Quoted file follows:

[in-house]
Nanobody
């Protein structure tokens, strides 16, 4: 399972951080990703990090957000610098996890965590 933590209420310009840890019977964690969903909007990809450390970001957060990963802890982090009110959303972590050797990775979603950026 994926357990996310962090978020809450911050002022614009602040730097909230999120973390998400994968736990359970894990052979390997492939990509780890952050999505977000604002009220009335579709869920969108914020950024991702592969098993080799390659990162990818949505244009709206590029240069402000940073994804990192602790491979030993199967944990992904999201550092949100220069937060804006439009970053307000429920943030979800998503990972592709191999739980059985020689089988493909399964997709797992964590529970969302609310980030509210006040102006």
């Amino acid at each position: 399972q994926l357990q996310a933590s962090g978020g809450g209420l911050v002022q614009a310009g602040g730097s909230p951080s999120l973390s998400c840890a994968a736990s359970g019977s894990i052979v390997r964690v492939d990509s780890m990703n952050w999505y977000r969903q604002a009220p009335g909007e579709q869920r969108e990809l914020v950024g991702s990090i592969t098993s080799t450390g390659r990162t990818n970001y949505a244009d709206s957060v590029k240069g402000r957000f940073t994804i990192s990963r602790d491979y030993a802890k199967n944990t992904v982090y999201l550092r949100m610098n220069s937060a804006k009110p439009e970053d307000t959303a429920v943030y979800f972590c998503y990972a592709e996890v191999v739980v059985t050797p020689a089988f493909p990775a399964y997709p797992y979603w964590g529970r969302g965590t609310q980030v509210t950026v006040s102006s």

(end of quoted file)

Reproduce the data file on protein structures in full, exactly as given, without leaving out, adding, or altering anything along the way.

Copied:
[in-house]
Nanobody
């Protein structure tokens, strides 16, 4: 399972951080990703990090957000610098996890965590 933590209420310009840890019977964690969903909007990809450390970001957060990963802890982090009110959303972590050797990775979603950026 994926357990996310962090978020809450911050002022614009602040730097909230999120973390998400994968736990359970894990052979390997492939990509780890952050999505977000604002009220009335579709869920969108914020950024991702592969098993080799390659990162990818949505244009709206590029240069402000940073994804990192602790491979030993199967944990992904999201550092949100220069937060804006439009970053307000429920943030979800998503990972592709191999739980059985020689089988493909399964997709797992964590529970969302609310980030509210006040102006």
């Amino acid at each position: 399972q994926l357990q996310a933590s962090g978020g809450g209420l911050v002022q614009a310009g602040g730097s909230p951080s999120l973390s998400c840890a994968a736990s359970g019977s894990i052979v390997r964690v492939d990509s780890m990703n952050w999505y977000r969903q604002a009220p009335g909007e579709q869920r969108e990809l914020v950024g991702s990090i592969t098993s080799t450390g390659r990162t990818n970001y949505a244009d709206s957060v590029k240069g402000r957000f940073t994804i990192s990963r602790d491979y030993a802890k199967n944990t992904v982090y999201l550092r949100m610098n220069s937060a804006k009110p439009e970053d307000t959303a429920v943030y979800f972590c998503y990972a592709e996890v191999v739980v059985t050797p020689a089988f493909p990775a399964y997709p797992y979603w964590g529970r969302g965590t609310q980030v509210t950026v006040s102006s």